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PostPosted: Fri Aug 28, 2009 5:59 am 
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Jordan wrote:
I've always wondered, what's the lab photography equipment like?

You get very decent, professional results. Good job :wink:


Any insight, Mike? This was a genuine question :oops:

I enjoy the SPCR lab insider coverage but I don't think you've ever covered what camera and lighting you use?

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PostPosted: Fri Aug 28, 2009 6:39 am 
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Missed that, Jordan.

Two different digicams are used: Canon G6 "point & shoot" and Nikon D80 SLR w/ 28~135mm std lens. Often on auto exposure/focus but also often on manual or mixed-auto settings. Both usually with tripods (a Sherpa & a Manfrotto with a ProBall head -- love this thing, but drool over the Really Right Stuff ballheads) usually no flash, sometimes in open shade outdoors, most often indoors, with diffuse lighting from bare daylight CFLs behind swaths of white cloth. Gives the lab a bit of a tenty look. Imagine a Bedouin geek's tent. An external flash for the Nikon D80 works well when needed, especially with bounce.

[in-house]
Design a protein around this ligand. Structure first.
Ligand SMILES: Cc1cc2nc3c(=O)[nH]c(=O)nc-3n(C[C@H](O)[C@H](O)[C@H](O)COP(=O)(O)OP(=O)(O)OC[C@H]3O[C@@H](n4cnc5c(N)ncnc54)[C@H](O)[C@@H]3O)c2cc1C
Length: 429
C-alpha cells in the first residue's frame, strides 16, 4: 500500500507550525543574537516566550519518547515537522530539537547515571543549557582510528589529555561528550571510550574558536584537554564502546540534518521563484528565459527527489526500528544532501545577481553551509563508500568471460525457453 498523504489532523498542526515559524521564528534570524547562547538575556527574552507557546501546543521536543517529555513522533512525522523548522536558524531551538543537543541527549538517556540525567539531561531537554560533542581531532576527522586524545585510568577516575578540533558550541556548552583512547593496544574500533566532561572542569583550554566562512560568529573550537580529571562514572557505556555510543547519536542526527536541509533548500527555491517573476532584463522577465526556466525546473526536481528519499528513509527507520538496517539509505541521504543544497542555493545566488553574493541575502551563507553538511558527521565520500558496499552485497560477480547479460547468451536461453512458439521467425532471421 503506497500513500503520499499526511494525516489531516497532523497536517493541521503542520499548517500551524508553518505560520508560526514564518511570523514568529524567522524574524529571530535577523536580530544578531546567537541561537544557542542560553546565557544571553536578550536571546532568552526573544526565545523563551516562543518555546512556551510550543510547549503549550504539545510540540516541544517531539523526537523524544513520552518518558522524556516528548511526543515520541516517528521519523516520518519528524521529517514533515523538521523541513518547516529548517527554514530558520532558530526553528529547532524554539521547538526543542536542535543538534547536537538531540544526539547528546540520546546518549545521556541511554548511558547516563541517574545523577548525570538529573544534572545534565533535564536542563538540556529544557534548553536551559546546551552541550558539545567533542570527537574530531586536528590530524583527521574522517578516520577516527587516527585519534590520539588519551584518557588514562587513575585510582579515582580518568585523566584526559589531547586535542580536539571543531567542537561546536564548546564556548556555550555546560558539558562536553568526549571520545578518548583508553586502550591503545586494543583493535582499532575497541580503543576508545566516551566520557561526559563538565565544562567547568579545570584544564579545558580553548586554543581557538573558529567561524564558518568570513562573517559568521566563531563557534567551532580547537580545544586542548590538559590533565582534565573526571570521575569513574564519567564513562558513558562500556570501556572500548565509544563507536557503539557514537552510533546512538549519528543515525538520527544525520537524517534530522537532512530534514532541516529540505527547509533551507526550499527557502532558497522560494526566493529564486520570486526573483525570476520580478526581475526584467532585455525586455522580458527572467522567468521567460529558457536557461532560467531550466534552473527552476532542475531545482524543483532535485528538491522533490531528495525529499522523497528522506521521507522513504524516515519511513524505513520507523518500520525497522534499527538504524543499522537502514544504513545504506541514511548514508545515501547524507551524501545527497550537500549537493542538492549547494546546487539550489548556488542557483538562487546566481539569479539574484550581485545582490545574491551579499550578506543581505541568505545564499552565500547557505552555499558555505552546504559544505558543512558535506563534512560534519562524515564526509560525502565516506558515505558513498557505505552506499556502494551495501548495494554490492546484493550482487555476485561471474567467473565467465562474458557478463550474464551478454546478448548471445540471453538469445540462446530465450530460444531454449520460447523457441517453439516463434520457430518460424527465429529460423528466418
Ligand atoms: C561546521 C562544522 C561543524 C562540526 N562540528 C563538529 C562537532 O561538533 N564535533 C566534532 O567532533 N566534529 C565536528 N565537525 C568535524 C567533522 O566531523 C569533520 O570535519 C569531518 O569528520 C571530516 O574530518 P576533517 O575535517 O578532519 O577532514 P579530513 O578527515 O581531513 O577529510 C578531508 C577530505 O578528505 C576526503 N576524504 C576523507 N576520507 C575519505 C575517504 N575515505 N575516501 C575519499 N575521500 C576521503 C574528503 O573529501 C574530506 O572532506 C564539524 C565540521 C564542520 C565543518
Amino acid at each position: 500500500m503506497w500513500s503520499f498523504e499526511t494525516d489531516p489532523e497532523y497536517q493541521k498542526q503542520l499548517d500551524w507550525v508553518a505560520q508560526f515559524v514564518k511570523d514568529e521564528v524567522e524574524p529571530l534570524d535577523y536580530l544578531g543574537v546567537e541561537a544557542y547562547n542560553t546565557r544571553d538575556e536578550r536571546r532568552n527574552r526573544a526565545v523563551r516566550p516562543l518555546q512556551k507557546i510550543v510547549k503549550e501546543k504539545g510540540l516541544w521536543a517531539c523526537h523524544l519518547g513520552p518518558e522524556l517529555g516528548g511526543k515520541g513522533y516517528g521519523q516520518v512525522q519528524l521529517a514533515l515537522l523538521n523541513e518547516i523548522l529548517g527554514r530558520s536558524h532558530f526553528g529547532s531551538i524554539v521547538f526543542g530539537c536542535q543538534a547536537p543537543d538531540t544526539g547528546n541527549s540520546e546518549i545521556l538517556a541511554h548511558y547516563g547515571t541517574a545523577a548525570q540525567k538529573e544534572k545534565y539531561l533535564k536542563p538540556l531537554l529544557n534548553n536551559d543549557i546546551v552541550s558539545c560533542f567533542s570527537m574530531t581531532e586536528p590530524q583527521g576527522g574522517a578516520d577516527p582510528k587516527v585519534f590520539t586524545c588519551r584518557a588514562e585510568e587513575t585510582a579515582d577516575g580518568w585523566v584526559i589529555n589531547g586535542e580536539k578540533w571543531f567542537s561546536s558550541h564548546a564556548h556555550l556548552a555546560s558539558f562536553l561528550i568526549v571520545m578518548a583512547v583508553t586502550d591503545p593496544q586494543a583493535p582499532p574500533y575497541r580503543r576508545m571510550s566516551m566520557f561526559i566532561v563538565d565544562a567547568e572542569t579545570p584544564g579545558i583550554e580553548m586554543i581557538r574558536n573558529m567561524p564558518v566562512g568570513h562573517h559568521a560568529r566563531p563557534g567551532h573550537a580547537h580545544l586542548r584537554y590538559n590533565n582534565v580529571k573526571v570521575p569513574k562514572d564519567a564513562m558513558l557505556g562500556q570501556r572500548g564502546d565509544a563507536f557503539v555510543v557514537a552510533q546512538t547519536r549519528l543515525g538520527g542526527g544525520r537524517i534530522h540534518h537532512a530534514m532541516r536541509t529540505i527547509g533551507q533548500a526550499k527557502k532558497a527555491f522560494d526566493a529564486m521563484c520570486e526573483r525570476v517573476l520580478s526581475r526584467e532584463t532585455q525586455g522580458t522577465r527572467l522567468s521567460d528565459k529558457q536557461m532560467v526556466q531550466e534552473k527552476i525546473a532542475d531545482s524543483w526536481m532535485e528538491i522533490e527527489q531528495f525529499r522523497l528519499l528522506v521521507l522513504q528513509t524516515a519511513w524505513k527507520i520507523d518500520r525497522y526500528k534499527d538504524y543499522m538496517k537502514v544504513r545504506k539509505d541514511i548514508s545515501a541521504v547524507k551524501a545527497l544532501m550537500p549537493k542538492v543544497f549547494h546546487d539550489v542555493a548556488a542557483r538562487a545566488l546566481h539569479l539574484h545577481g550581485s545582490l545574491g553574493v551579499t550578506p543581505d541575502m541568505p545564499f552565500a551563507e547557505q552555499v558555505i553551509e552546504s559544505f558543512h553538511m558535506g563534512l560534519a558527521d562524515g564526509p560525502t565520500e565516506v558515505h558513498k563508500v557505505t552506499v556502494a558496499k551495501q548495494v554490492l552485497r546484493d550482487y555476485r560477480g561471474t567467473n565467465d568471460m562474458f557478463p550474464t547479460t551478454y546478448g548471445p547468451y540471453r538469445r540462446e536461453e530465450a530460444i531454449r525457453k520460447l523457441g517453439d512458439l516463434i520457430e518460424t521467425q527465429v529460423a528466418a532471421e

Image
Here's a shot with the Nikon, from the floor straight up at one of the "tented" bulbs.

A light box -- that I made originally to view 35mm slides back in the day -- is used for spot lighting. Sometimes placing things right on it gives good/cool results.

Mostly shoot in jpg; RAW is not worth the trouble for low res web images (which is mostly what the pics here are, optimized, usually 20kb to maybe max 80kb). Photoshop is the only touchup/correction tool I use. Used it for >15 years, at one point, with prof. DTP, doing multi-page color brochures & booklets, posters, tradeshow booth graphics, hundred page tech manuals, etc.

Been a "serious" hobby photographer since I was a young teen -- O so long ago, sigh... :lol: Cut my teeth on Canon & Leica 35mm rangefinders, Minolta/Minox 16mm minis, Minolta/Canon 35mm SLRs, a Mamiya 120/220, messed with chemicals and an enlarger in a darkroom for a few years.

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PostPosted: Mon Aug 31, 2009 2:43 am 
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Excellent, thanks for the detailed info :D

MikeC wrote:
Been a "serious" hobby photographer since I was a young teen -- O so long ago, sigh... :lol: Cut my teeth on Canon & Leica 35mm rangefinders, Minolta/Minox 16mm minis, Minolta/Canon 35mm SLRs, a Mamiya 120/220, messed with chemicals and an enlarger in a darkroom for a few years.


That explains a lot and it shows :wink:

Bit of a hobbiest myself and got my first DSLR (second hand D70s) a year or two back. I was messing around with compacts for years before it but could never afford the upgrade until I discovered how big the second hand market is on these things as people upgrade so often!